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Let's say there is a guy named Samuel, who is 20 years old from Germany sexting with a girl named Mary, who is 16 years old and also from Germany. Sexting was mutually agreed upon. Samuel sends her a picture of his penis, but Mary doesn't share any explicit images of herself with Samuel. She attends a special needs school because she has ADHD. They broke up a month later. This is to my knowledge perfectly legal and normal in Germany. Correct me if I am wrong.

3 years later Samuel gets a contract in the USA as a player on a sports team and a public figure. Mary decides to share her story with the world and mentions how he sent her a dick pic and was sexting with her, while she attended special needs school. The public in the USA gets very offended, calling Samual a pedophile, a creep, and a groomer. This is a breach of a code of conduct; a portion of the rule, that is being violated here:

A player may not engage in any activity or practice, which brings him or her into public disrepute, scandal or ridicule, or shocks or offends a portion or group of the public, or derogates from his or her public image.

His contract gets terminated a few days later.

My question is does the breach of the contract hold in this situation? It happened in a country where it's morally and legally right. But the public in the USA sees this as very morally wrong and illegal. Isn't this form of neo-racism towards Samuel and the people of Germany. The morals and laws in countries are much different from that of the USA, why should Samuel be punished for things he believed were right at the time.

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  • A reminder to the downvoters: please note that voting on questions should be based on how well formed they are and how useful they are, and not on how legal in your opinion is the act which the question asks whether it is legal or not.
    – vsz
    Apr 12, 2022 at 6:42

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The basic premise of a morals clause is that A's work may be of some value to employer B, but their conduct may be a greater liability (causing millions of dollars of losses to B because of the ensuing consumer boycott). Such a clause allows B to manage their losses that arise because of A's conduct. It is then a business decision on B's part to decide what conduct triggers a firing (arising because A broke the contract through their conduct). A can, of course, contest B's decision in court, so enforcement is a trickier matter.

Contract terms are evaluated under the laws of a specific state, do it depends on what state that is, hence under California law, an employer has less leeway to say what is acceptable conduct, and under Delaware law the employer has wide latitude. Enforceability is primarily a function of what the clause says, and what the facts are. See Mendenhall v. Hanesbrands for an example where the question was whether the actions of plaintiff would "bring [him] into public disrepute, contempt, scandal, or ridicule," or tended "to shock, insult, or offend the majority of the consuming public". An argument of the type "in my culture, there's nothing wrong with X" will gain no traction.

In the described situation, the wording of the contract would matter substantially, since the conduct preceded the contract. Without a requirement to disclose prior indiscretions, it is not reasonable to argue that a contract prohibits prior conduct.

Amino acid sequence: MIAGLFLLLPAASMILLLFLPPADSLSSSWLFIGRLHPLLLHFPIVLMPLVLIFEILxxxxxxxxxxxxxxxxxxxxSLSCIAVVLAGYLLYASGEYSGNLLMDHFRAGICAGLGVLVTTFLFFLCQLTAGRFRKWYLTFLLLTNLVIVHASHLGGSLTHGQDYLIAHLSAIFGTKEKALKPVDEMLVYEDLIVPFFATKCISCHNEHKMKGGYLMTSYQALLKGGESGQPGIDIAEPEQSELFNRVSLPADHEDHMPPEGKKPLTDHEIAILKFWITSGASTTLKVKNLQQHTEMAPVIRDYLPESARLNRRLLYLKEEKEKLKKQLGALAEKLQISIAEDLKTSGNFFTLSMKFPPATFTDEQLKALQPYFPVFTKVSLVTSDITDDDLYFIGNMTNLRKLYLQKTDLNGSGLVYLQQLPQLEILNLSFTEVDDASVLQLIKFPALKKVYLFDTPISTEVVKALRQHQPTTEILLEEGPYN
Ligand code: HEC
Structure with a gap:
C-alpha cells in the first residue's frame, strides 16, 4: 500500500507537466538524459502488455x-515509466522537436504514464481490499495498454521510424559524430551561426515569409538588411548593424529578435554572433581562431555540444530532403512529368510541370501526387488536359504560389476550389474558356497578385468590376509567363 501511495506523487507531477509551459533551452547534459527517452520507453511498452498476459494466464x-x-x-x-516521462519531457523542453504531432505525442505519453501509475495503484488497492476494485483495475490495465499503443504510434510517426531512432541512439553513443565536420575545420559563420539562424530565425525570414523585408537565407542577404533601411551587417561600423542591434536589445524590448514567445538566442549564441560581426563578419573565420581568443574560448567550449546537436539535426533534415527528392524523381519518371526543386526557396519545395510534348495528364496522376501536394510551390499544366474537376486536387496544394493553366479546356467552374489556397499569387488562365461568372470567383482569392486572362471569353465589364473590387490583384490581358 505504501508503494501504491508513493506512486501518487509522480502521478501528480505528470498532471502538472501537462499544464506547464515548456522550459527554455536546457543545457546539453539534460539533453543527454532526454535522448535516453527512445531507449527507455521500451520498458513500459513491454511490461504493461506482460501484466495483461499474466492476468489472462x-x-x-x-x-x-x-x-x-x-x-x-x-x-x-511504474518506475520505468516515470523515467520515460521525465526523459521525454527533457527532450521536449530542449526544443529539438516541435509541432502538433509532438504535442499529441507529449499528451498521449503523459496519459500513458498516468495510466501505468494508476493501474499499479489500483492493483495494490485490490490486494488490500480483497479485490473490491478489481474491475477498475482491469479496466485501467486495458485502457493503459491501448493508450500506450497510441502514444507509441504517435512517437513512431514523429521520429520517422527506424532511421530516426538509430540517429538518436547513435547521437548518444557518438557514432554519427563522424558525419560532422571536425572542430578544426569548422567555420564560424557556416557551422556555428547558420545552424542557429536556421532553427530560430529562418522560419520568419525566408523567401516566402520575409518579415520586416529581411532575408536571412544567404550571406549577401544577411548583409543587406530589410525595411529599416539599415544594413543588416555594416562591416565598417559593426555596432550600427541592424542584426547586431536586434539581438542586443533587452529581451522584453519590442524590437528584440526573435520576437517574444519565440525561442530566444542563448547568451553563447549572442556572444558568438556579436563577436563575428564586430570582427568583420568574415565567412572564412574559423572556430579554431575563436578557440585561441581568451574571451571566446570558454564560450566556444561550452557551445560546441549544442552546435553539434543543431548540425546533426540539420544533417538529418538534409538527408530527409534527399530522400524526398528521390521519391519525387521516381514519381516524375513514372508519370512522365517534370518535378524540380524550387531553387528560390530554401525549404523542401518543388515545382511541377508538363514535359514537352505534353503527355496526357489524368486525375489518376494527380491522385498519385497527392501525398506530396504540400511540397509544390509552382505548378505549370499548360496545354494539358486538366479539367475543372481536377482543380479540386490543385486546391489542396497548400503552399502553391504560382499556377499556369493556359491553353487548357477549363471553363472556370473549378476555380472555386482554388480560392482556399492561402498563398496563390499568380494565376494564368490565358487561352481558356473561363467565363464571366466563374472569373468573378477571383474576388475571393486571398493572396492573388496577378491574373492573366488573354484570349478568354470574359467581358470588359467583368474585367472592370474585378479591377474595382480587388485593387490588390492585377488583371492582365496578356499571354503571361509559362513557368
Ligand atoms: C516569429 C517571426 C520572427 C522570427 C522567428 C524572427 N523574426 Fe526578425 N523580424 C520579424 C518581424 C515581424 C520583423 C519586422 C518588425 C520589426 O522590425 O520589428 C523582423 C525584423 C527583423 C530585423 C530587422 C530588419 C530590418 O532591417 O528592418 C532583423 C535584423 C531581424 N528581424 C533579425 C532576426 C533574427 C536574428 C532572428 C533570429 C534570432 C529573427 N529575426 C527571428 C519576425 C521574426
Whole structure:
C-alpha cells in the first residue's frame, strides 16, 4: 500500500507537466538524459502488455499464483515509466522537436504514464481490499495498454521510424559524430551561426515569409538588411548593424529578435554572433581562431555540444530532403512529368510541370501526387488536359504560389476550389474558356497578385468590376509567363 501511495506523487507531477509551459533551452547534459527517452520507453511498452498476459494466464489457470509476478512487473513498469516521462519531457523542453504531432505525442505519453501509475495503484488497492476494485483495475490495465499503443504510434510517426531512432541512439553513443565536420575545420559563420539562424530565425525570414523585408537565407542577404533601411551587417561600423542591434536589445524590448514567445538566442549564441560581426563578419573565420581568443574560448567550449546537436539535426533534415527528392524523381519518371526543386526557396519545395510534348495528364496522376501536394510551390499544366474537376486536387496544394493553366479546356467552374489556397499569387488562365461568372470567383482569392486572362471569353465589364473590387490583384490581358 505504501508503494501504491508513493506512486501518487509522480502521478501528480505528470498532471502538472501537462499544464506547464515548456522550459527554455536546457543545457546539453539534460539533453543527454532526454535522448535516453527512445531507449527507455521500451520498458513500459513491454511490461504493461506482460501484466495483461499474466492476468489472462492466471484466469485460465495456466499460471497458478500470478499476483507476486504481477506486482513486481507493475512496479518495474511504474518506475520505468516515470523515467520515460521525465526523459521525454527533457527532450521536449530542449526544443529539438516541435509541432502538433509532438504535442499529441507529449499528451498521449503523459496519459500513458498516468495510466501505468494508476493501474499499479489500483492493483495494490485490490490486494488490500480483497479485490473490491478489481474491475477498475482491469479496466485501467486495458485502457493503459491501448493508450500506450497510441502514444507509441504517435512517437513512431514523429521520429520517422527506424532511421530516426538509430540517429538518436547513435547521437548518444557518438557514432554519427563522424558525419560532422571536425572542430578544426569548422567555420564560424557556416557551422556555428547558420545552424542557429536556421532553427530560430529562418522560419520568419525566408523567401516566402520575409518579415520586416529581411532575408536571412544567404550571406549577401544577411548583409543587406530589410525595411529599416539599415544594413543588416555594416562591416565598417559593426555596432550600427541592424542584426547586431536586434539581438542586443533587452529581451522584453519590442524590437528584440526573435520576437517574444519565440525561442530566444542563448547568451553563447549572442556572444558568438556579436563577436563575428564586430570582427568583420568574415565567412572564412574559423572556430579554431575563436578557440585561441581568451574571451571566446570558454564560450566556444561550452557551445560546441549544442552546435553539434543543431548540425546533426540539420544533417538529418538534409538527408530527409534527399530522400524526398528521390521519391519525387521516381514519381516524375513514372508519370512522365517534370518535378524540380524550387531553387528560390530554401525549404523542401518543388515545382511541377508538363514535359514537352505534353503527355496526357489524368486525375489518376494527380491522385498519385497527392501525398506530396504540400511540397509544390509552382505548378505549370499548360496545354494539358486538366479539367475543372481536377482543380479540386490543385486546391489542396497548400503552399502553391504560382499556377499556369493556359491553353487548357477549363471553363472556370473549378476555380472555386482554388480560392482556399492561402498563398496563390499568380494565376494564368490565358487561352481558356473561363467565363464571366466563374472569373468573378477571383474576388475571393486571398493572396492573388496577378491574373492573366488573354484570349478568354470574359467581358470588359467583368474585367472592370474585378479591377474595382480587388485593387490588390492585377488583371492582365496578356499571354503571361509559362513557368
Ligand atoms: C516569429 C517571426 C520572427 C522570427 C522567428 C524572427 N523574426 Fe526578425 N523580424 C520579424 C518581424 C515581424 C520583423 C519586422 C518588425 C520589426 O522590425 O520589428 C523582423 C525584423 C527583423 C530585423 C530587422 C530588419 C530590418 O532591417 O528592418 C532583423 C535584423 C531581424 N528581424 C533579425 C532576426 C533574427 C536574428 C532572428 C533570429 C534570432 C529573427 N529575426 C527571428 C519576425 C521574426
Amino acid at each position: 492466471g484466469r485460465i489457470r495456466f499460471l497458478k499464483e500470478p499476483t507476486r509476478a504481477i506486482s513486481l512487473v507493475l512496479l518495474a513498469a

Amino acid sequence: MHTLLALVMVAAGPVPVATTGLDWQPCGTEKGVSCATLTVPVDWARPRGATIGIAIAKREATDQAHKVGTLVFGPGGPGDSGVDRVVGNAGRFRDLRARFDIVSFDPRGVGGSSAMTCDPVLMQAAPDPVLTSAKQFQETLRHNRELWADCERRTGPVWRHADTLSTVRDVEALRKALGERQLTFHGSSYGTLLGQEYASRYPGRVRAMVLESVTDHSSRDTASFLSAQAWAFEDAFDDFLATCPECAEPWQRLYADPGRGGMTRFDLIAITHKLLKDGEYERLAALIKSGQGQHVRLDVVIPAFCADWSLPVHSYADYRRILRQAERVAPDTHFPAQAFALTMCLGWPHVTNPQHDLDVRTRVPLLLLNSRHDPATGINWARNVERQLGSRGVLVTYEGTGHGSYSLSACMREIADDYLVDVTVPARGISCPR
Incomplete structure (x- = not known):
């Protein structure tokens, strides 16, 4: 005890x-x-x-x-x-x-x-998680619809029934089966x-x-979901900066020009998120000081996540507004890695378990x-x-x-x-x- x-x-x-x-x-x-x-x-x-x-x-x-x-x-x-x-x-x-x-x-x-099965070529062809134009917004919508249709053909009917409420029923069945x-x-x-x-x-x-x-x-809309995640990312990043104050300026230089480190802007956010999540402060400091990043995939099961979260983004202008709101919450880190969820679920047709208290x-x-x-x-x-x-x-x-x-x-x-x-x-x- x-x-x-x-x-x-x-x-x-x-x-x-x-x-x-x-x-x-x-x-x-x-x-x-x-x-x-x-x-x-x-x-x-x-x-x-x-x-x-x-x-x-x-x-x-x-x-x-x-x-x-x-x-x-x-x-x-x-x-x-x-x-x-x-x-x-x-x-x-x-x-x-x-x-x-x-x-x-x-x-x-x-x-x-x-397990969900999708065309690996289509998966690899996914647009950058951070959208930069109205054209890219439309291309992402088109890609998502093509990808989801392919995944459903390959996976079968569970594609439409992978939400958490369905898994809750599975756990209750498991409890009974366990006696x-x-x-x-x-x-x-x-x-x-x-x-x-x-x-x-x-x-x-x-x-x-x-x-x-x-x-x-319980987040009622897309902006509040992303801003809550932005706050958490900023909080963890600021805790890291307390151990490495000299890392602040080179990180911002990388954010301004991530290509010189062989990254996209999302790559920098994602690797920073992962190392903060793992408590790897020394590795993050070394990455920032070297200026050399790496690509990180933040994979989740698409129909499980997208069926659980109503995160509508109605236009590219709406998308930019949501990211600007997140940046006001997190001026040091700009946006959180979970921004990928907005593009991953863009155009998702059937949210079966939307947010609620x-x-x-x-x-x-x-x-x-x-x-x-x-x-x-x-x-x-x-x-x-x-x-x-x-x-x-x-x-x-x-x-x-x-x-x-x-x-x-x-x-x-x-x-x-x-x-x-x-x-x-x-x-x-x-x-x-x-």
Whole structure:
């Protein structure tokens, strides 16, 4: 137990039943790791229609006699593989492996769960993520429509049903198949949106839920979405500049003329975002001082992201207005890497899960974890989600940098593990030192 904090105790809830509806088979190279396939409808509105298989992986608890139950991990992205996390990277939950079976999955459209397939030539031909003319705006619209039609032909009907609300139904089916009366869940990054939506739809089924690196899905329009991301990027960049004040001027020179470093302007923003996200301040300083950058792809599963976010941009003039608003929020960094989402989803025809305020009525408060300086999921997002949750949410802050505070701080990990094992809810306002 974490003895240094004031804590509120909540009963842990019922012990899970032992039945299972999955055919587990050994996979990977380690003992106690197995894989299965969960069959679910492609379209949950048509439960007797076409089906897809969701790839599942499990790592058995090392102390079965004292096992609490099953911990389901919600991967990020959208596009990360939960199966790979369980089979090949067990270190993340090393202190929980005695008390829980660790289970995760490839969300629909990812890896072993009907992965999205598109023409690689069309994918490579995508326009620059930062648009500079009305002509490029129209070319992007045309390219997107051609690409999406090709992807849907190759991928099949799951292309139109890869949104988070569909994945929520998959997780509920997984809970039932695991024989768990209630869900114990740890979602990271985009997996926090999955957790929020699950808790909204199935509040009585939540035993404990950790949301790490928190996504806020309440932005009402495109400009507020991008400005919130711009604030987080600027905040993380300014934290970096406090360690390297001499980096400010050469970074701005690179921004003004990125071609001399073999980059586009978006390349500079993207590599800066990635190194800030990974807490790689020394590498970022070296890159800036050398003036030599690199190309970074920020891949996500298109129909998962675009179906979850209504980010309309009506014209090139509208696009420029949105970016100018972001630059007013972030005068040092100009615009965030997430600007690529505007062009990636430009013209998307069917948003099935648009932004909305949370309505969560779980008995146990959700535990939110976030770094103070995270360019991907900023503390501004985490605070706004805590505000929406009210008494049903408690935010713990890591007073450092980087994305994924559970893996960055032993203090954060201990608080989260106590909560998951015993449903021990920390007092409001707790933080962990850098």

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  • What if Samuel had a contract before and the same issue was brought forth, his contract was terminated for the same reason. Two seasons later, a few people vouched for him, claiming he changed and grew from this behavior. The league allowed Samuel to join a team again. but the issue arose again as Mary brought the issue again. Is this completely irrelevant, as the conduct was breached again, or does it change anything? I know I am pushing it, a similar situation actually happened recently and I simply want to understand it. Few people brought up the maliciousness of Mary's message as well
    – SevenEves
    Apr 10, 2022 at 16:35
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    Under the new scenario, the termination would probably be deemed to be in bad faith, since they knew of and accepted his prior behavior. However, Mary is totally irrelevant, from the legal POV.
    – user6726
    Apr 10, 2022 at 16:41
  • Do you think this is okay? Not from a legal point of view, the conduct was breached, that's the done deal. They view this as moral and legal in Germany but people in the USA were offended and caused public outrage, isn't there something inherently wrong with it. I know is not the right thing to ask in the law section.
    – SevenEves
    Apr 10, 2022 at 16:46
  • @SevenEves yes, it's okay. A company in Germany might fire an athlete for wearing Nazi clothing in America. The prevailing norms in the country you are in are the ones that you need to worry about.
    – Tiger Guy
    Apr 11, 2022 at 14:47
  • We can also look at things that are legal both in Germany and the USA, like being an open and blatant misogynist, or racist (as long as you don’t take illegal actions) or many other things. I remember a German judge saying in a court decision “it is not illegal being an a******e” in a case where he definitely wanted to decide for the other party, but couldn’t. In all these cases, a contract could be cancelled if your behaviour and reputation was important.
    – gnasher729
    Apr 12, 2022 at 20:51

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